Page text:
February 21, 2012

Malacology at the Burke

Photo courtesy Dr. Rowell
Do you know what malacology is without looking it up? Malacology is the study of molluscs – which includes squid, snails, and many of the critters that leave beautiful shells on our beaches. The Burke Museum has a malacology collection and also a collection of corals and the shells of non-molluscs. “It’s what most people would call a shell collection,” explains Dr. Kirsten Rowell, the Burke’s curator of malacology. Most people would call her a curator of shells.

Dr. Rowell’s job is to sort out the malacology collection, which has never had a formal curator. The collection began in the 1890’s when P. Brooks Randolph, one of the founding members of the Pacific Northwest Young Naturalists, joined efforts to explore, collect, and catalogue the diverse flora and fauna in the PNW. “The malacology collection used to have a pretty prominent role at the Burke – the Mezzanine level [of the Museum, now a staff-only area] was funded in the early 1960 by an National Science Foundation grant to support the invertebrate collection”.” A room filled with shells once stood where the Burke's gift shop now stands. “Shells have always captivated the interest of people walking on the beach. They’re like the birds of the sea, they are beautiful and accessible… people tend to gravitate towards collecting them and learning more about them.”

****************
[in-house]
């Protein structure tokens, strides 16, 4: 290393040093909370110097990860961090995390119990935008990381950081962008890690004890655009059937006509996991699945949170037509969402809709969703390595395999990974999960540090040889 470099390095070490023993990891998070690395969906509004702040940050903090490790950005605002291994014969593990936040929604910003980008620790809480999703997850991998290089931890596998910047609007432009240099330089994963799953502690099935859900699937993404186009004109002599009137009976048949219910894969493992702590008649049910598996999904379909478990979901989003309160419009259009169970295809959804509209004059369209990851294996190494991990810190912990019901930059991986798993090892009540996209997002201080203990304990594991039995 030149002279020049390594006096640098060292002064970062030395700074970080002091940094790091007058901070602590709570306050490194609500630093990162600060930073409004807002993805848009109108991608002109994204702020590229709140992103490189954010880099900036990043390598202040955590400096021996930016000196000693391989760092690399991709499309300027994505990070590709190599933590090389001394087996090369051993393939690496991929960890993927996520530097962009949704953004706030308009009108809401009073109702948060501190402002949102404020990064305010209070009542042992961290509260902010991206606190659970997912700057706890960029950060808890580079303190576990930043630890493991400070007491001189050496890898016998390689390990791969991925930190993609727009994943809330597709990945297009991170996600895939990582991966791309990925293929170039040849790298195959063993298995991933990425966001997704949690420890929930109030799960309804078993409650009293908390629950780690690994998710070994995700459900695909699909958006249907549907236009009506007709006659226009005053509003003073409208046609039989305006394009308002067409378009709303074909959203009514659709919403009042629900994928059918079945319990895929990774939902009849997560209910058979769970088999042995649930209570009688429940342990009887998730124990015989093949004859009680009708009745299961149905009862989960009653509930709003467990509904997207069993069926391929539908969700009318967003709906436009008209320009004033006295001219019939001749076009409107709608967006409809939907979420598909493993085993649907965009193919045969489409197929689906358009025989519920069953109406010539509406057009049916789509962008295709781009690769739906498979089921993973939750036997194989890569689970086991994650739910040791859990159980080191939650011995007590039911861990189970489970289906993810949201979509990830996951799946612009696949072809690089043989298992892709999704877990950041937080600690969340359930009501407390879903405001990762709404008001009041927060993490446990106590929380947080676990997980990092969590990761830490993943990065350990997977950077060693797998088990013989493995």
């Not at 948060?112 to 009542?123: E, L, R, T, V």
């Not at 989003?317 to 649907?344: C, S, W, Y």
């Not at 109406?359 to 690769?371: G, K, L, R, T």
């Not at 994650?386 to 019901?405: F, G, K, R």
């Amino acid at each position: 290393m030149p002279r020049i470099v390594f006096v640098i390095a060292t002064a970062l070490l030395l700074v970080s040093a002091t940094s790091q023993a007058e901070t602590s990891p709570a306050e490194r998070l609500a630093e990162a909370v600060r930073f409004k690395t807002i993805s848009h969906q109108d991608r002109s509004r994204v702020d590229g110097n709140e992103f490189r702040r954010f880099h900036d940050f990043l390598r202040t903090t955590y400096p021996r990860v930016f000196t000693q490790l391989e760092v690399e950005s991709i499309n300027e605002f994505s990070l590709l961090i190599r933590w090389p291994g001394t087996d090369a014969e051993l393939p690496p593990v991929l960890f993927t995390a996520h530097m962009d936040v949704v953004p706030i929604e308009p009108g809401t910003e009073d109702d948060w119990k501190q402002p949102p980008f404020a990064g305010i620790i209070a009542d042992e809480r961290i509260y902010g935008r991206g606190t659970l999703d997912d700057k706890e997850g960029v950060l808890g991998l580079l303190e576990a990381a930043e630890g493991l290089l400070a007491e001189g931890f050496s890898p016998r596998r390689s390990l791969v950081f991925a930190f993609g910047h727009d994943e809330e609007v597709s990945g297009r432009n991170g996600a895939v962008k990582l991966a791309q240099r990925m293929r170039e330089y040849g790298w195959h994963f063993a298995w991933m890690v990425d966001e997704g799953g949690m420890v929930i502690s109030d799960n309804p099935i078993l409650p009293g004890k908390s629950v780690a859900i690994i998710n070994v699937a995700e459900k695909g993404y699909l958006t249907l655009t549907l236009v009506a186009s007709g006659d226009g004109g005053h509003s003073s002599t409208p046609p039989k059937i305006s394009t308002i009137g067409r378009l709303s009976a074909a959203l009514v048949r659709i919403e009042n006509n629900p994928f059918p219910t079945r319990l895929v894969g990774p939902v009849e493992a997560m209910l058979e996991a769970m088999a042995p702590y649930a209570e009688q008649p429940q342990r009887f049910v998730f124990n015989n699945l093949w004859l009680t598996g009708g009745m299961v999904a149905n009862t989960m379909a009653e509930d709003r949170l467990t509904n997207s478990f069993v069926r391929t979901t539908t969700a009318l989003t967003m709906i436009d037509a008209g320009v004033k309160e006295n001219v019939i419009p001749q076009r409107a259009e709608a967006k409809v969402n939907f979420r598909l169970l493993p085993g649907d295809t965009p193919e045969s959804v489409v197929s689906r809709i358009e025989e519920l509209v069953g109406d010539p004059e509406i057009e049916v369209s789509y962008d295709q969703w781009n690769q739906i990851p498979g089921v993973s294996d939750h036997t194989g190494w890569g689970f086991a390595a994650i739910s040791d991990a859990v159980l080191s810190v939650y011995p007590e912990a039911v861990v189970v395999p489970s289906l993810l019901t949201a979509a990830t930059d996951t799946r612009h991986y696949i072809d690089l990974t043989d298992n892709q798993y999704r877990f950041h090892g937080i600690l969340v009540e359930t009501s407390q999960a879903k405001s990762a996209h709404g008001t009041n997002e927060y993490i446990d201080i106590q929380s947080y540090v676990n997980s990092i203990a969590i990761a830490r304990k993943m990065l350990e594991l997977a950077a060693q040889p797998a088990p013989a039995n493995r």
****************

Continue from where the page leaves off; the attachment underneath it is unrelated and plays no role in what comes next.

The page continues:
Photo courtesy Dr. Rowell
Dr. Rowell’s interest in the collection is a little different. She’s actually not a malacologist (she doesn't focus on molluscs). She’s an aquatic biologist and ecologist. She uses the malacology collection at the Burke to study past aquatic environments. People have been collecting shells for a very long time, and that gives us a unique record of what water was like at the time those shells' inhabitants were alive. Dr. Rowell uses the shells (and a technique called geochemistry) to study animal populations, ocean acidification, and climate change at specific sites around the world.

For example, Dr. Rowell and her colleagues studied the shells of black murex snails, a species that is heavily harvested in the Gulf of California. Information from the shells told them how fast the snails were growing, and how much harvesting local populations might tolerate.

The Burke's malacology collection contains shells from around the world. If we know when and where they were collected, they can provide us with valuable information about what their habitat used to be like. By comparing this information with modern measurements, we can track changes in aquatic environments over long periods of time.

The shells at the Burke - like all the other specimens here - are like a library, ready to help us answer questions about the natural world.

Posted by: Winifred Kehl, Communications